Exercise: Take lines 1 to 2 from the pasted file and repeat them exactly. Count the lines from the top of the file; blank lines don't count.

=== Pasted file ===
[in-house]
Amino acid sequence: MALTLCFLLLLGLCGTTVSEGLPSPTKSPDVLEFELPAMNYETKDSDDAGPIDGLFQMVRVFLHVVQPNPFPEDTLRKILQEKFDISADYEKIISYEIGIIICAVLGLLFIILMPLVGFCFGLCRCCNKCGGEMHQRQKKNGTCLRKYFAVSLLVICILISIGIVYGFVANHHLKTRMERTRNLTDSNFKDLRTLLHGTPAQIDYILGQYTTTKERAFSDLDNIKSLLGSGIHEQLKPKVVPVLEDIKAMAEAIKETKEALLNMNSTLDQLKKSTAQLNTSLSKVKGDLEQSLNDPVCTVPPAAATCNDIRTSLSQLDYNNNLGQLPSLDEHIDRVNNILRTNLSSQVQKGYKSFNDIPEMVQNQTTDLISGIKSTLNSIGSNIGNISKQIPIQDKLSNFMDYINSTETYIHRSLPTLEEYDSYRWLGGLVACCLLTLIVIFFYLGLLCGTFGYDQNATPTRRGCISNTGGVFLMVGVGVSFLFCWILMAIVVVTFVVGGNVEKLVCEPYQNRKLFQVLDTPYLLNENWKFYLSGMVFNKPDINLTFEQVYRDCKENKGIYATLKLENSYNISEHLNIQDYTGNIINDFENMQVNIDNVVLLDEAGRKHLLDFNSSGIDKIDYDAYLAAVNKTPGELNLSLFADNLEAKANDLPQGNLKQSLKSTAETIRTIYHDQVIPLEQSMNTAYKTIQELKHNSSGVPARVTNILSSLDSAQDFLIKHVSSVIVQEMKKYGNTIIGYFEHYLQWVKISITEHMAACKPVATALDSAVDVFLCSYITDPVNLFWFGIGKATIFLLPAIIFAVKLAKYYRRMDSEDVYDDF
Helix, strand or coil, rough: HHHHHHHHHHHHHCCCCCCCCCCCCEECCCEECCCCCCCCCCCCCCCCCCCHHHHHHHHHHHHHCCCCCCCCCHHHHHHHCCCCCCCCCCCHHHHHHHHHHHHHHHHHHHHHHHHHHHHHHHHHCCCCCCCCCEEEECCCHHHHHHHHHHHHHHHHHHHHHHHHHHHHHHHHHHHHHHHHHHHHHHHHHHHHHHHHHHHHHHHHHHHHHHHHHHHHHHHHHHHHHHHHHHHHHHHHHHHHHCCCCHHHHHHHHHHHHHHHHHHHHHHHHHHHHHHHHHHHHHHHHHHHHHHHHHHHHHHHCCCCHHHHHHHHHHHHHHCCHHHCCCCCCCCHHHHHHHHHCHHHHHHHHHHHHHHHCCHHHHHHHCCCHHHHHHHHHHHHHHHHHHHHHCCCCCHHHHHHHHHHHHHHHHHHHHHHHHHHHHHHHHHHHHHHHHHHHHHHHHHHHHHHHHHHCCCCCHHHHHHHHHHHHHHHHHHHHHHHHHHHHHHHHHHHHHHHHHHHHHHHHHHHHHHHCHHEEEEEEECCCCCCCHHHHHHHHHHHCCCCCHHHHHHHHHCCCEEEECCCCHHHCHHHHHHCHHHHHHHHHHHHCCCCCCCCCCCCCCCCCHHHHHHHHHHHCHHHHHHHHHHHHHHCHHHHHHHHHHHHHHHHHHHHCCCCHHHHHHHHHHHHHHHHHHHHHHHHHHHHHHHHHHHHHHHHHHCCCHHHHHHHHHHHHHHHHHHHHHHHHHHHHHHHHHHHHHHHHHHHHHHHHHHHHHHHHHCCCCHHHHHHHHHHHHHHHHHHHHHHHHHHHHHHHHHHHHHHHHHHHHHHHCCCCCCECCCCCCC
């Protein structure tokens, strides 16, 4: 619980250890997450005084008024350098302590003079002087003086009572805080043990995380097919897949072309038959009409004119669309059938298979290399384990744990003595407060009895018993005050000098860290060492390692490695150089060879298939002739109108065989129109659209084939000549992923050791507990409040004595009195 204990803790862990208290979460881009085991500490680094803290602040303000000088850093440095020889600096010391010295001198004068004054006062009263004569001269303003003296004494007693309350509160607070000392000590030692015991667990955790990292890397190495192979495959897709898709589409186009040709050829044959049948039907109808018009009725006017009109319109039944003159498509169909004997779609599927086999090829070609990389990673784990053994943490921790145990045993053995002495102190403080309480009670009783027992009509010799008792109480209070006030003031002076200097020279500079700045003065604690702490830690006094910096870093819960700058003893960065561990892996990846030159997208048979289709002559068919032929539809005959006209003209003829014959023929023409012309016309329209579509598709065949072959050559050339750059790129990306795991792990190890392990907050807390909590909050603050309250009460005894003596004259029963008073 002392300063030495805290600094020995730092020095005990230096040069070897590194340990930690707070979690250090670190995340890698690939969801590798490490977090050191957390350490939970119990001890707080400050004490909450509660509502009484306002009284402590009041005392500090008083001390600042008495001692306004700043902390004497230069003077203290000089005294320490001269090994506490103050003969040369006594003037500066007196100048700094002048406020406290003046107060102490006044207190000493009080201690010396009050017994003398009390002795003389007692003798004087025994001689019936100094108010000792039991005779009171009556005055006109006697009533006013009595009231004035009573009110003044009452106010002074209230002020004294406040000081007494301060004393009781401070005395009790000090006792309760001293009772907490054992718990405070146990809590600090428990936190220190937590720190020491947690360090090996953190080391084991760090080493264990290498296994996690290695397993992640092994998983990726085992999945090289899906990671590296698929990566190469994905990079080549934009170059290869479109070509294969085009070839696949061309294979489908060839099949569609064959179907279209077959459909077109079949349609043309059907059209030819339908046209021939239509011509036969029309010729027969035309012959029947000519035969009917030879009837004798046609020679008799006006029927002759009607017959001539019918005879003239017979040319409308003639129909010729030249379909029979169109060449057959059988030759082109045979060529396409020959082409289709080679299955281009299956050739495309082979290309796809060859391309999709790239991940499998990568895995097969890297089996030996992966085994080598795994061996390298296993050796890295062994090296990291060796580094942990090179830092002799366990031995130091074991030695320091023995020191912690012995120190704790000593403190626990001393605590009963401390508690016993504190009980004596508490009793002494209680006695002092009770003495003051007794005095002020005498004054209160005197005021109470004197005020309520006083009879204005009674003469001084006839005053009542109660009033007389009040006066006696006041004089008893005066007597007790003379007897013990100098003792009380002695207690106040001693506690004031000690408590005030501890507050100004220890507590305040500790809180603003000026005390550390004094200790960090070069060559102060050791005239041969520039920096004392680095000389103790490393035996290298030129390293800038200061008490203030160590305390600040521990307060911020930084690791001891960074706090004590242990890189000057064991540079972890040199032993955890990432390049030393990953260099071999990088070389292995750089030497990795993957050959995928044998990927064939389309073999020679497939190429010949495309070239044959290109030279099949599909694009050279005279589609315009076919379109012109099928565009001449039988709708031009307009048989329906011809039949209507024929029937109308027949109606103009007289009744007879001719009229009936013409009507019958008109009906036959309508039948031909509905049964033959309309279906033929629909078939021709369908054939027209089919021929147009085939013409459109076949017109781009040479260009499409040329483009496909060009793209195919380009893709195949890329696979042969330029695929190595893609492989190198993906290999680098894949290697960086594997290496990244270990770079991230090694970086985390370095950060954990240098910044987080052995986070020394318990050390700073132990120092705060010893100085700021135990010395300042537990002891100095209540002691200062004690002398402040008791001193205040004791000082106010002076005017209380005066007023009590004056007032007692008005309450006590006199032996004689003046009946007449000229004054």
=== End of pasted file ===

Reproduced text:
[in-house]
Amino acid sequence: MALTLCFLLLLGLCGTTVSEGLPSPTKSPDVLEFELPAMNYETKDSDDAGPIDGLFQMVRVFLHVVQPNPFPEDTLRKILQEKFDISADYEKIISYEIGIIICAVLGLLFIILMPLVGFCFGLCRCCNKCGGEMHQRQKKNGTCLRKYFAVSLLVICILISIGIVYGFVANHHLKTRMERTRNLTDSNFKDLRTLLHGTPAQIDYILGQYTTTKERAFSDLDNIKSLLGSGIHEQLKPKVVPVLEDIKAMAEAIKETKEALLNMNSTLDQLKKSTAQLNTSLSKVKGDLEQSLNDPVCTVPPAAATCNDIRTSLSQLDYNNNLGQLPSLDEHIDRVNNILRTNLSSQVQKGYKSFNDIPEMVQNQTTDLISGIKSTLNSIGSNIGNISKQIPIQDKLSNFMDYINSTETYIHRSLPTLEEYDSYRWLGGLVACCLLTLIVIFFYLGLLCGTFGYDQNATPTRRGCISNTGGVFLMVGVGVSFLFCWILMAIVVVTFVVGGNVEKLVCEPYQNRKLFQVLDTPYLLNENWKFYLSGMVFNKPDINLTFEQVYRDCKENKGIYATLKLENSYNISEHLNIQDYTGNIINDFENMQVNIDNVVLLDEAGRKHLLDFNSSGIDKIDYDAYLAAVNKTPGELNLSLFADNLEAKANDLPQGNLKQSLKSTAETIRTIYHDQVIPLEQSMNTAYKTIQELKHNSSGVPARVTNILSSLDSAQDFLIKHVSSVIVQEMKKYGNTIIGYFEHYLQWVKISITEHMAACKPVATALDSAVDVFLCSYITDPVNLFWFGIGKATIFLLPAIIFAVKLAKYYRRMDSEDVYDDF